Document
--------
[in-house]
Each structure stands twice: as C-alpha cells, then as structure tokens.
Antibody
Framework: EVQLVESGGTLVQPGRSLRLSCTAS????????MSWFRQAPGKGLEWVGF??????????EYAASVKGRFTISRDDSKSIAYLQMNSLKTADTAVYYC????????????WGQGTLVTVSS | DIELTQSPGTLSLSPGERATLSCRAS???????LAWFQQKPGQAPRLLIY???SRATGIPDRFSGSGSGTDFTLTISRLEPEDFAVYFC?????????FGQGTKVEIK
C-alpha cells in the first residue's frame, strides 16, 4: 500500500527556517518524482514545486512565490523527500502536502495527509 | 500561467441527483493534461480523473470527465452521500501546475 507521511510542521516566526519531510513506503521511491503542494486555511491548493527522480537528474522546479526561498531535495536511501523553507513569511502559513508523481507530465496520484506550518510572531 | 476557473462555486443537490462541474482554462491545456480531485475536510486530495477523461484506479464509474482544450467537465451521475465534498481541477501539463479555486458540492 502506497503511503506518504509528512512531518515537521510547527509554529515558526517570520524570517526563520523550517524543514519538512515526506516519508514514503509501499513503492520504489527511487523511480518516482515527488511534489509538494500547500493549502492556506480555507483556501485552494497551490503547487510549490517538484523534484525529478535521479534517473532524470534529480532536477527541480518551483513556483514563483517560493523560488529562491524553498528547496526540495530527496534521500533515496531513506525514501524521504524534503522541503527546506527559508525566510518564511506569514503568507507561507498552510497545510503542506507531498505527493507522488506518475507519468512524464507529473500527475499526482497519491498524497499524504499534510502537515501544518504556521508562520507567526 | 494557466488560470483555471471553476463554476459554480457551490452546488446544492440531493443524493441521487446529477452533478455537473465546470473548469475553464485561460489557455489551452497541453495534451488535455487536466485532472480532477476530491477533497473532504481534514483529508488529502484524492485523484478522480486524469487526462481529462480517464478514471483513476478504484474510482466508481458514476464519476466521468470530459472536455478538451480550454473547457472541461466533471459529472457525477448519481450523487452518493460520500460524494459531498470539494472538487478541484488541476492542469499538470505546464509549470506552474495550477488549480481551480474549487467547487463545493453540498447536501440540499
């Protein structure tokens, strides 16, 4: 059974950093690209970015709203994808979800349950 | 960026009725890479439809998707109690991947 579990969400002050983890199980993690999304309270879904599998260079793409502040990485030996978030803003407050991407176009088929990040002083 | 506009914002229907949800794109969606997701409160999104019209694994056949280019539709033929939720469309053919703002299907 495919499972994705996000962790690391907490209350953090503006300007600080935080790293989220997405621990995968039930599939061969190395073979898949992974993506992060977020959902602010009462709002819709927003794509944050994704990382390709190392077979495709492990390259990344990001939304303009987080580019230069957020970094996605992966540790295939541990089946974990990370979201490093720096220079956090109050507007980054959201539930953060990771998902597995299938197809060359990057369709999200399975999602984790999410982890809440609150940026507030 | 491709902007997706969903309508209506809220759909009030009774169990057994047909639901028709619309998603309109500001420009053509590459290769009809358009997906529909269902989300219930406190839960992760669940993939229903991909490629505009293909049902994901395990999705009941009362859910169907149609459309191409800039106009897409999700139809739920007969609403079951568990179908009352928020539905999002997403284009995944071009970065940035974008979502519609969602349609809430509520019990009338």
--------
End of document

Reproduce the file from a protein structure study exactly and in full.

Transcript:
[in-house]
Each structure stands twice: as C-alpha cells, then as structure tokens.
Antibody
Framework: EVQLVESGGTLVQPGRSLRLSCTAS????????MSWFRQAPGKGLEWVGF??????????EYAASVKGRFTISRDDSKSIAYLQMNSLKTADTAVYYC????????????WGQGTLVTVSS | DIELTQSPGTLSLSPGERATLSCRAS???????LAWFQQKPGQAPRLLIY???SRATGIPDRFSGSGSGTDFTLTISRLEPEDFAVYFC?????????FGQGTKVEIK
C-alpha cells in the first residue's frame, strides 16, 4: 500500500527556517518524482514545486512565490523527500502536502495527509 | 500561467441527483493534461480523473470527465452521500501546475 507521511510542521516566526519531510513506503521511491503542494486555511491548493527522480537528474522546479526561498531535495536511501523553507513569511502559513508523481507530465496520484506550518510572531 | 476557473462555486443537490462541474482554462491545456480531485475536510486530495477523461484506479464509474482544450467537465451521475465534498481541477501539463479555486458540492 502506497503511503506518504509528512512531518515537521510547527509554529515558526517570520524570517526563520523550517524543514519538512515526506516519508514514503509501499513503492520504489527511487523511480518516482515527488511534489509538494500547500493549502492556506480555507483556501485552494497551490503547487510549490517538484523534484525529478535521479534517473532524470534529480532536477527541480518551483513556483514563483517560493523560488529562491524553498528547496526540495530527496534521500533515496531513506525514501524521504524534503522541503527546506527559508525566510518564511506569514503568507507561507498552510497545510503542506507531498505527493507522488506518475507519468512524464507529473500527475499526482497519491498524497499524504499534510502537515501544518504556521508562520507567526 | 494557466488560470483555471471553476463554476459554480457551490452546488446544492440531493443524493441521487446529477452533478455537473465546470473548469475553464485561460489557455489551452497541453495534451488535455487536466485532472480532477476530491477533497473532504481534514483529508488529502484524492485523484478522480486524469487526462481529462480517464478514471483513476478504484474510482466508481458514476464519476466521468470530459472536455478538451480550454473547457472541461466533471459529472457525477448519481450523487452518493460520500460524494459531498470539494472538487478541484488541476492542469499538470505546464509549470506552474495550477488549480481551480474549487467547487463545493453540498447536501440540499
């Protein structure tokens, strides 16, 4: 059974950093690209970015709203994808979800349950 | 960026009725890479439809998707109690991947 579990969400002050983890199980993690999304309270879904599998260079793409502040990485030996978030803003407050991407176009088929990040002083 | 506009914002229907949800794109969606997701409160999104019209694994056949280019539709033929939720469309053919703002299907 495919499972994705996000962790690391907490209350953090503006300007600080935080790293989220997405621990995968039930599939061969190395073979898949992974993506992060977020959902602010009462709002819709927003794509944050994704990382390709190392077979495709492990390259990344990001939304303009987080580019230069957020970094996605992966540790295939541990089946974990990370979201490093720096220079956090109050507007980054959201539930953060990771998902597995299938197809060359990057369709999200399975999602984790999410982890809440609150940026507030 | 491709902007997706969903309508209506809220759909009030009774169990057994047909639901028709619309998603309109500001420009053509590459290769009809358009997906529909269902989300219930406190839960992760669940993939229903991909490629505009293909049902994901395990999705009941009362859910169907149609459309191409800039106009897409999700139809739920007969609403079951568990179908009352928020539905999002997403284009995944071009970065940035974008979502519609969602349609809430509520019990009338």